ST. JOSEPH, Mich. (WOOD) — As court cases go, Judge Charles LaSata says Larry Gordon’s appearance in his Berrien County courtroom Monday was expected to be routine.
The judge said Gordon’s hearing was for a misdemeanor case.
“The shooter’s case was actually being dismissed. He was going to be transported back to the jail to come back later in the week for some more serious felony charges,” LaSata said.
He said Gordon was in handcuffs as he was led into a secured room next to the courtroom on the third floor of the court house. Moments later, the judge heard a scuffle and yelling.
“My bailiff Ron Kienzle immediately responded, ran across the courtroom, as going through the door, began to draw his weapon when we heard the shots,” LaSata recollected.
The judge followed protocol, hitting the panic button. He hustled his court personnel into his chambers and locked the doors.
“Actually, the shooter was trying to get into my chambers when they ultimately subdued him. I could hear him kicking in my door. I think he was just trying to get out of the building; (I) don’t think he knew where I was with my court staff,” said the judge.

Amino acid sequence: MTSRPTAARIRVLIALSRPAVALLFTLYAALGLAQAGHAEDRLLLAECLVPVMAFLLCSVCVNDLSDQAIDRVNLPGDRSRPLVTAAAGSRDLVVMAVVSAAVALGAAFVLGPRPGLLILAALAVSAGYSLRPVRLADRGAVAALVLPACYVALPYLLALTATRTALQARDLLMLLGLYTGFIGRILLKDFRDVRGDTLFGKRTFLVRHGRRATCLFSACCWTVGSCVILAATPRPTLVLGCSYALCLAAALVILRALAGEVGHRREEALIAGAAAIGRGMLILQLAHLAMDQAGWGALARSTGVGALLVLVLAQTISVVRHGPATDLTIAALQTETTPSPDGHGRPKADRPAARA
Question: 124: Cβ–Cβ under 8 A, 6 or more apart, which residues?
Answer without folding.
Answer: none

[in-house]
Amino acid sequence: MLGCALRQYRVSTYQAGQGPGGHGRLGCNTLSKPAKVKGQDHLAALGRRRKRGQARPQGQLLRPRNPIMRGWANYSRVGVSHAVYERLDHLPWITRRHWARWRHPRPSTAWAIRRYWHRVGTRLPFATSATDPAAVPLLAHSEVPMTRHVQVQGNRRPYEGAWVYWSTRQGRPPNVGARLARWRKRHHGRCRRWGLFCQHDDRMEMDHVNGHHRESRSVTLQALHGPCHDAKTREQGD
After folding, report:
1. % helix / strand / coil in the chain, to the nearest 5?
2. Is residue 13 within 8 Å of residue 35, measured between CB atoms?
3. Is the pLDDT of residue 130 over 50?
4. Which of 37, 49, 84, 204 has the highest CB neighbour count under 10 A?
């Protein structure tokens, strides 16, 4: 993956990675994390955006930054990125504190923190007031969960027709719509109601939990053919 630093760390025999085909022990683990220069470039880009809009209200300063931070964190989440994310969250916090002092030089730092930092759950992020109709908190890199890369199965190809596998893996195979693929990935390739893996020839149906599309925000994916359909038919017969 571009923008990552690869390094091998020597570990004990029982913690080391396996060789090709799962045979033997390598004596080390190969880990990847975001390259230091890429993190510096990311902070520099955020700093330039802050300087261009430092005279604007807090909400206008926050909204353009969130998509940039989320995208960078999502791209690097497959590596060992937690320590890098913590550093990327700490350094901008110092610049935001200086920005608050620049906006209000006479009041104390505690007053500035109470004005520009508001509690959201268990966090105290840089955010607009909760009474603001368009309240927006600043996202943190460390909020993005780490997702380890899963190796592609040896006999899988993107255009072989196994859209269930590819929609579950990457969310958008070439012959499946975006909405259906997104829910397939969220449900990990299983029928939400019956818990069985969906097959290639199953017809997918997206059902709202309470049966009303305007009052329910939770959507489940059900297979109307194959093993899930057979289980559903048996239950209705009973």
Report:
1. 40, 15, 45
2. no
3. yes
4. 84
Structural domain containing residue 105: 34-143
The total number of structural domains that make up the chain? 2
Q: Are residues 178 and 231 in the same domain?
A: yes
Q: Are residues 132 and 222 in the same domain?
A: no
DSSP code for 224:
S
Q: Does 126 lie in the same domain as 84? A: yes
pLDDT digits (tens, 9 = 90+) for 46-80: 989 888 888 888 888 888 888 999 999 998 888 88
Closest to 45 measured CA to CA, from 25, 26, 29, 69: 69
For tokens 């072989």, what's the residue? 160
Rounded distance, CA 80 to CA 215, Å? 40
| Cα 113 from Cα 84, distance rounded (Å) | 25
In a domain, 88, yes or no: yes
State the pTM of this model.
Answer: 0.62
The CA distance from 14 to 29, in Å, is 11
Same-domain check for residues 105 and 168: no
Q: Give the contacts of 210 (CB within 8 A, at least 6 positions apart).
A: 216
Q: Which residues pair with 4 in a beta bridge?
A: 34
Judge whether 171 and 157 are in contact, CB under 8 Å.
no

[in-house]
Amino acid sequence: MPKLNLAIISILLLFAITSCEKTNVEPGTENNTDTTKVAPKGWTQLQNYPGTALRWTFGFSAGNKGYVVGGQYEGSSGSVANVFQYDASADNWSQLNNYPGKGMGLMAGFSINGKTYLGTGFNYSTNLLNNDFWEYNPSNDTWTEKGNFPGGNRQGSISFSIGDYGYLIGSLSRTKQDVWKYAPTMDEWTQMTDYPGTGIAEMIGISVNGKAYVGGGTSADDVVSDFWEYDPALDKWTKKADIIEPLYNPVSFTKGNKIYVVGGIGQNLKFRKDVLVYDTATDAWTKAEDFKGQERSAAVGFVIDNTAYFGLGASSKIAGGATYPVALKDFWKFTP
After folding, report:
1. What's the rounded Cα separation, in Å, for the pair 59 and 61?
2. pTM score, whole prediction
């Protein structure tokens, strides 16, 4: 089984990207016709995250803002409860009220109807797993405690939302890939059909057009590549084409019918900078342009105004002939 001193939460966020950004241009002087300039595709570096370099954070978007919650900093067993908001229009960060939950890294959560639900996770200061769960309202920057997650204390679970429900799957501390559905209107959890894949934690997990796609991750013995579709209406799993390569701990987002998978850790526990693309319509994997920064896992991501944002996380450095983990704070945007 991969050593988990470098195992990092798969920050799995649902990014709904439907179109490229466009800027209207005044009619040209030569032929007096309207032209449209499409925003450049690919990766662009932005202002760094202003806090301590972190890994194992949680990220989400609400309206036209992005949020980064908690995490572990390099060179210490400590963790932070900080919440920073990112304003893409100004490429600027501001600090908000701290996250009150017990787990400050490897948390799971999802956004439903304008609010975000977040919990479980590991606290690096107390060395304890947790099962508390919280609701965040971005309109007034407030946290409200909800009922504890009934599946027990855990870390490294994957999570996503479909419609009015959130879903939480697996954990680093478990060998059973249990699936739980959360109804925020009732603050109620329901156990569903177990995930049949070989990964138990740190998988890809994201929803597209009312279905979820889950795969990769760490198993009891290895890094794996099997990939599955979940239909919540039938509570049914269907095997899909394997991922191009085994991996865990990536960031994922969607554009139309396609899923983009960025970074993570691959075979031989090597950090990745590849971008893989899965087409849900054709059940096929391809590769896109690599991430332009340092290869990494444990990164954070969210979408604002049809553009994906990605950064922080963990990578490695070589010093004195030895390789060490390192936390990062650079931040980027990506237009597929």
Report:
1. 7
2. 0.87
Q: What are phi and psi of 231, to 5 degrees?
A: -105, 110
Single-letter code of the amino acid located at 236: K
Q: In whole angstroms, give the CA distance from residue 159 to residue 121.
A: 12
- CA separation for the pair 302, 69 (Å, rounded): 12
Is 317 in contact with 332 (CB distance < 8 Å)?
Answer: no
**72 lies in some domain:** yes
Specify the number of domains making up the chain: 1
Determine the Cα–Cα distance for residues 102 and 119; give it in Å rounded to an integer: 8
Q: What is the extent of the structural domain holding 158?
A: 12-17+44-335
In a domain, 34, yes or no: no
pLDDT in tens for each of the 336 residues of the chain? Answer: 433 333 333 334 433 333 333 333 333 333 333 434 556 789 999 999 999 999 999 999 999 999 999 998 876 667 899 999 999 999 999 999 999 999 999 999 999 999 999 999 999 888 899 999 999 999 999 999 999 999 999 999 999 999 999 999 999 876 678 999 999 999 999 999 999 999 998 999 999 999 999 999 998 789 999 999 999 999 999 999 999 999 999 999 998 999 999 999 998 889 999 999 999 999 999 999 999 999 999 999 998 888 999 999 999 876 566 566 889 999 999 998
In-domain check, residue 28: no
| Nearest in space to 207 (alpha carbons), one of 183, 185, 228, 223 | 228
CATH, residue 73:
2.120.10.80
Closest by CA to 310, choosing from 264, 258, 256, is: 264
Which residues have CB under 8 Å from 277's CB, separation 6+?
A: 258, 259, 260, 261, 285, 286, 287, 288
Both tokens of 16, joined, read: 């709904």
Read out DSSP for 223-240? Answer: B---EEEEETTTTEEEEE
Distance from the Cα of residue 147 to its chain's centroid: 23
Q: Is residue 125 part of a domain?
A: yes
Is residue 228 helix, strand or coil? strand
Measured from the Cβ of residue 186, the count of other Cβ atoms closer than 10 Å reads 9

Moments later, LaSata heard a shot. Gordon was dead.
While the shooting has led many to question court security and procedures, LaSata dismisses any second-guessing.
“We have to recognize in life that sometimes tragedies occur. It’s no one’s fault,” he said. “It’s fate. It just happens.”
The judge was among hundreds of people who filled St. Joseph Tuesday afternoon to march in unity for the two fallen court officers.
In the sweltering heat they marched from the scene of the violent tragedy to the police memorial at Lake Bluff Park.
Marchers came together as family, friends and community united in support of the shooting victims.
“I think the divide is not as divided as we think. I think we all cherish and love law enforcement.” said Joseph Taylor, who joined the march.
“I hope they learn that we all need to support our police officers, the fire department… They’re out there to protect us,” said Cindy Tolladay, who brought her grandchildren to the event.
A large number of law enforcement officers also participated in the procession, which comes during one of the most historically difficult times for those who wear a badge.
“It means a lot, with all the current situations going on,” said Benton Harbor officer Joel Deenik, who also marched. “As police officers, we take a lot of abuse. A show of support like this is really awesome.”